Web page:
03 Dec What Do You Do with Revelation? by Jon Newton
Today we have a guest post from the Dean of Postgraduate Studies of my alma mater How to Understand the Book of Revelation. With a PhD specialising in how to read this wonderful book, Jon offers some great advice! Watch out next week for the final instalment of our podcast series on Revelation: How did John Know it was God?. It was partly a conversation with Dr Jon Newton that sparked the podcast series,
So many Christians get stuck when it comes to the book of Revelation.
Sometimes it’s because they were taught to read lurid images literally and that doesn’t work for them anymore. Maybe they’ve watched too many apocalyptic movies. Sometimes it’s because they’ve heard precise predictions based on Revelation (and other “prophetic” books like Daniel) which never came true. Sometimes it’s because they were led to read Revelation as a kind of conspiracy theory with its associated enemy-bashing rhetoric, (the enemy being the Roman Catholic Church, the World Council of Churches, the European Union or a shadowy emerging world dictator).
I started my own journey with Revelation some years ago. I was ministering among Seventh Day Adventists, who have their own special take on Revelation, and I realised that many books I’d read were using very similar logic to interpret Revelation (and Daniel), yet coming to very different conclusions. Something had to be wrong. Maybe if I knew more about the original context in which John wrote this book, I might get more light on what it meant. I’d also started to see how extensive the Old Testament allusions in Revelation were and thought they might hold the key to understanding the book properly. I was trying to “crack the code”.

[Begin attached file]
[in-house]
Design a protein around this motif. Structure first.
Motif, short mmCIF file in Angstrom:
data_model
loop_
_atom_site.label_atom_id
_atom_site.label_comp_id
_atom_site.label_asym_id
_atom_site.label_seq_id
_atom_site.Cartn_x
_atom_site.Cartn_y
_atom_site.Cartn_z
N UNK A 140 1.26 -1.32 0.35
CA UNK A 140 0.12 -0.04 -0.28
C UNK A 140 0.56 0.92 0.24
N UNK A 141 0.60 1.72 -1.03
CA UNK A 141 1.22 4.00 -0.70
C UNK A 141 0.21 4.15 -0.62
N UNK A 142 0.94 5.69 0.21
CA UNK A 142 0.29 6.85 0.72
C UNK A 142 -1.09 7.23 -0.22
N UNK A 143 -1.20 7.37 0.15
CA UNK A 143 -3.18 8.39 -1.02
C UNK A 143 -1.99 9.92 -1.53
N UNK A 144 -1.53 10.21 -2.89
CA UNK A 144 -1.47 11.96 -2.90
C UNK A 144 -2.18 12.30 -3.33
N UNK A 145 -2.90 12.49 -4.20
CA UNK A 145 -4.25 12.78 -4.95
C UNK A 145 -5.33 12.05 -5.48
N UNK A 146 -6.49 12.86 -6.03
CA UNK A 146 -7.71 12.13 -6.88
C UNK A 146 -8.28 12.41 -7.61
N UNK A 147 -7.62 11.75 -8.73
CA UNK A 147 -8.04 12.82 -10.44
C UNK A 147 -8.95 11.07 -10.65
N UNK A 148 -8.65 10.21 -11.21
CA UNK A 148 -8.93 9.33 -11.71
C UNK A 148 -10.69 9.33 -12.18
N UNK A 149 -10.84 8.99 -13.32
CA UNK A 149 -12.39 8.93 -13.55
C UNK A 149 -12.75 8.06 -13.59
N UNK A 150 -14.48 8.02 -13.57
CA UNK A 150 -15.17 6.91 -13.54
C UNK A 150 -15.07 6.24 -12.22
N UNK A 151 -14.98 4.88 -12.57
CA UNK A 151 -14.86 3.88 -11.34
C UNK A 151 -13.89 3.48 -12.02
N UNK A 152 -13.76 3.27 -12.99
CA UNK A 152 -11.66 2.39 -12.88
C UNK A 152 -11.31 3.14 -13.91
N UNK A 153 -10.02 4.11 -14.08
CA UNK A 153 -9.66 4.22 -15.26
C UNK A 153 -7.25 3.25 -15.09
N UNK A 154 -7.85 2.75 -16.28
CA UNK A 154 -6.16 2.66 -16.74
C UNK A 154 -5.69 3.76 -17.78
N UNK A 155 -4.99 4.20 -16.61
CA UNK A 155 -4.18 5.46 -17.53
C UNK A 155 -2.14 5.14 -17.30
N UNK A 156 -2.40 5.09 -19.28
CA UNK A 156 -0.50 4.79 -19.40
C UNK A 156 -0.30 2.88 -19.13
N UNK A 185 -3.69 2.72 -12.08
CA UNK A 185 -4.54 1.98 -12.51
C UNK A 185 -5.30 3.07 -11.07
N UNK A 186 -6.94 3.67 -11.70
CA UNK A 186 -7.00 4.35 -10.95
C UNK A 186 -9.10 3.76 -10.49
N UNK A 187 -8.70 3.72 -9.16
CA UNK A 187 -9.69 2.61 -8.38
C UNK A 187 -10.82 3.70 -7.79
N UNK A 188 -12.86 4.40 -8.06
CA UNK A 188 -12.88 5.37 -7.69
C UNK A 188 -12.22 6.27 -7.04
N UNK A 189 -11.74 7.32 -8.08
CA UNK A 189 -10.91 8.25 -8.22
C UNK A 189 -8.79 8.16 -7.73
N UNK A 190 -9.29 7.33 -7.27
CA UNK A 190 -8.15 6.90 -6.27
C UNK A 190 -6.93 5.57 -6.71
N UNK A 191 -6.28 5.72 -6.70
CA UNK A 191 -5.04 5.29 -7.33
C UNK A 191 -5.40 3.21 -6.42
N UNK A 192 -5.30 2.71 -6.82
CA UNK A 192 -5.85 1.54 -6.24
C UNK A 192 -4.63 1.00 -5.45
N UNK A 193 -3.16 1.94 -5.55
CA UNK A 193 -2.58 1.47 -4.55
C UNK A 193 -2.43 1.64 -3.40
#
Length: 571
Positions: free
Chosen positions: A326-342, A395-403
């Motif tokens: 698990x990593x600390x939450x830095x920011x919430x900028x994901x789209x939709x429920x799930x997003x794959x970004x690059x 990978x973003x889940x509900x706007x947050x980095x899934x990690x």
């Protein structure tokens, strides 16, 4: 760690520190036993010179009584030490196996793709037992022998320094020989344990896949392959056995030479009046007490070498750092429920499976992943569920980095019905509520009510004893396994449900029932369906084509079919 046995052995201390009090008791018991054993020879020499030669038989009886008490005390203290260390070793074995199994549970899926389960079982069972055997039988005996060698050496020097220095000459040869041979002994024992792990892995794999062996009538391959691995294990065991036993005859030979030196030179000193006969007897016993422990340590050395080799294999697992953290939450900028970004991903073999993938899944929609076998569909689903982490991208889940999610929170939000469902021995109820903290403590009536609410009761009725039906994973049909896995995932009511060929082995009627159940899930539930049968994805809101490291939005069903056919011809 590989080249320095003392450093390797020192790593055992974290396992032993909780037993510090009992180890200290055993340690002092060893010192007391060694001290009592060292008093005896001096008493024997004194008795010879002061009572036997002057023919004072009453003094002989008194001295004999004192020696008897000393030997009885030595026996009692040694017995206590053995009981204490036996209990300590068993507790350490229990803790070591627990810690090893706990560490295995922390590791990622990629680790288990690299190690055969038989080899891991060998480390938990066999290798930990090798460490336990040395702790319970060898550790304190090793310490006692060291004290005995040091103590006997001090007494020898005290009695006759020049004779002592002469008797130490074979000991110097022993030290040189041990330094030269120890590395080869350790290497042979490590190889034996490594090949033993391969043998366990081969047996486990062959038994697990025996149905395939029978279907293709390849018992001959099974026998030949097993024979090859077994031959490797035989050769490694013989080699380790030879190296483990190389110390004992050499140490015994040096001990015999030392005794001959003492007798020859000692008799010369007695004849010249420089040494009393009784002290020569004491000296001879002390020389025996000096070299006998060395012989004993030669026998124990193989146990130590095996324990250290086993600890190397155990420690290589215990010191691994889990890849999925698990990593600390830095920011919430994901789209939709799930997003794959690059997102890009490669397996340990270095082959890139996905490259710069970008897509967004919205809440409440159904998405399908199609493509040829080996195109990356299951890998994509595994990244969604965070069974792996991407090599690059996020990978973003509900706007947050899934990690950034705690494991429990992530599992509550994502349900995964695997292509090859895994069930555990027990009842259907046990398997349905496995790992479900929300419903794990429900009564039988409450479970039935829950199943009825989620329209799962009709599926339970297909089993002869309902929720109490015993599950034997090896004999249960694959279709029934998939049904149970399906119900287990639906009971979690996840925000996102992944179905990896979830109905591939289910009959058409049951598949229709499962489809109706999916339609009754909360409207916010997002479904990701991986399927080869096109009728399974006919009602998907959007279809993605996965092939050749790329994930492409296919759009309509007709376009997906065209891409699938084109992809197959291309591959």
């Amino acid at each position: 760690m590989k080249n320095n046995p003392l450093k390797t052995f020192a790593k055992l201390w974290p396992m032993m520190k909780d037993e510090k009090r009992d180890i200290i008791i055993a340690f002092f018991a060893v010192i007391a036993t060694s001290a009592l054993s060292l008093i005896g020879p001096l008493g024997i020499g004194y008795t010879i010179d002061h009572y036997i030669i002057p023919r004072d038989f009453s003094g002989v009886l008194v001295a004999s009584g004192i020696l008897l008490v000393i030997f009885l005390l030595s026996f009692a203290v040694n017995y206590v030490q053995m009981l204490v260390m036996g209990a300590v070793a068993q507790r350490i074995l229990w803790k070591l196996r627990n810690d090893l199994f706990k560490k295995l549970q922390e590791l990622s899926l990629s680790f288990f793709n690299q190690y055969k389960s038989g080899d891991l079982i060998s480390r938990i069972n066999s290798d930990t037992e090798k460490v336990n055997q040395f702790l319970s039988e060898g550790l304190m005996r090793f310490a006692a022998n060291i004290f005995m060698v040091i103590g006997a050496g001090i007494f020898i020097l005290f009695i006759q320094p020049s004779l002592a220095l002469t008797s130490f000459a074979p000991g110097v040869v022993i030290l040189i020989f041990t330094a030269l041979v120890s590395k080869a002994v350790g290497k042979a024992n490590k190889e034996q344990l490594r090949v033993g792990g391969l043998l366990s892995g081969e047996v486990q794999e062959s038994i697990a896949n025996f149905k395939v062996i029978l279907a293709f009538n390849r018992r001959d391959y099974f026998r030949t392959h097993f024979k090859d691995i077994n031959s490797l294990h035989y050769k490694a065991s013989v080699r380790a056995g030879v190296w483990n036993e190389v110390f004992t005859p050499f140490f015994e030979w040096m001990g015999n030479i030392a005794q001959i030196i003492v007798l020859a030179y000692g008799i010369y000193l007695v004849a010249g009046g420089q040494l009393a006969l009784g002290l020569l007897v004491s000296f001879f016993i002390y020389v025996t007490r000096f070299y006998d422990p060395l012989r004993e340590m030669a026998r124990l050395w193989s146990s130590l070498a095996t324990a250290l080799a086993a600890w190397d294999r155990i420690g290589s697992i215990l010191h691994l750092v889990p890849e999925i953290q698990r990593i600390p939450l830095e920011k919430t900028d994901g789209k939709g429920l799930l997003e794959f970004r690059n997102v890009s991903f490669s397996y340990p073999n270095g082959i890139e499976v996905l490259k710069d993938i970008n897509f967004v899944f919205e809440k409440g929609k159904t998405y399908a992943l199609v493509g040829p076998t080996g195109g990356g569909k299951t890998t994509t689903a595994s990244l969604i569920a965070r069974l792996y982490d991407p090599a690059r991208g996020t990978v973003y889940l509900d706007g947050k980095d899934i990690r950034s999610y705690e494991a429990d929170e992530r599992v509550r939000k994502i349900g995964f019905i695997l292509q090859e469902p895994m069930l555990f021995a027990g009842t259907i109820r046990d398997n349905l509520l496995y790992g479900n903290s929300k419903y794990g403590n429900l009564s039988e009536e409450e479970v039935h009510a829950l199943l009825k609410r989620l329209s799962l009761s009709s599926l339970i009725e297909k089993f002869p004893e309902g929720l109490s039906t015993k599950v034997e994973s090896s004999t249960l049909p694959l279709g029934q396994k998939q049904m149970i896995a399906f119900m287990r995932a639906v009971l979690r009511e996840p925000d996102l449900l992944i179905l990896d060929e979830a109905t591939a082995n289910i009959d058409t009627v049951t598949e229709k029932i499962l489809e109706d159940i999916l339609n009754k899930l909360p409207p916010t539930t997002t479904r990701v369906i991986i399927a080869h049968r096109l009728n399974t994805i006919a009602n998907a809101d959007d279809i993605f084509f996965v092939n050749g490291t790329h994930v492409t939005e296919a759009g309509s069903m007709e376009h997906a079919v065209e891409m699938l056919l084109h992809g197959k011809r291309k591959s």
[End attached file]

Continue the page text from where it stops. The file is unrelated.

I still haven’t cracked the code in any definitive sense. But I’ve learned better ways of reading Revelation. I’ve also learned what not to do. This is what I’ve found:
1. Watch your assumptions. Many people come to Revelation expecting to find out details about the future or specific events in history. There have literally been thousands of such interpretations in the past and most of them have been discarded. 800 years ago King Richard I of England was told that the Muslim leader Saladin was the antichrist and Richard would defeat him. More recently, people seriously believed Hitler was the antichrist. This just doesn’t work!
2. Read Revelation the way we read other Bible books; that is, ask first; What did this author mean to convey to his original hearers? When we read 1 Corinthians, for example, we try to understand what Paul was trying to say to the Corinthian church. Revelation was originally sent to seven first century churches; so we need to read it that way. Only after this can we expect to know what it’s saying to us today.
3. Read “literally” but not “speculatively.” When we read the weird description of those locusts in Revelation 9, we accept that John saw what he wrote, and we allow our imagination to take that in, but we don’t try to speculate that what he “really” saw was a helicopter gunship, for example.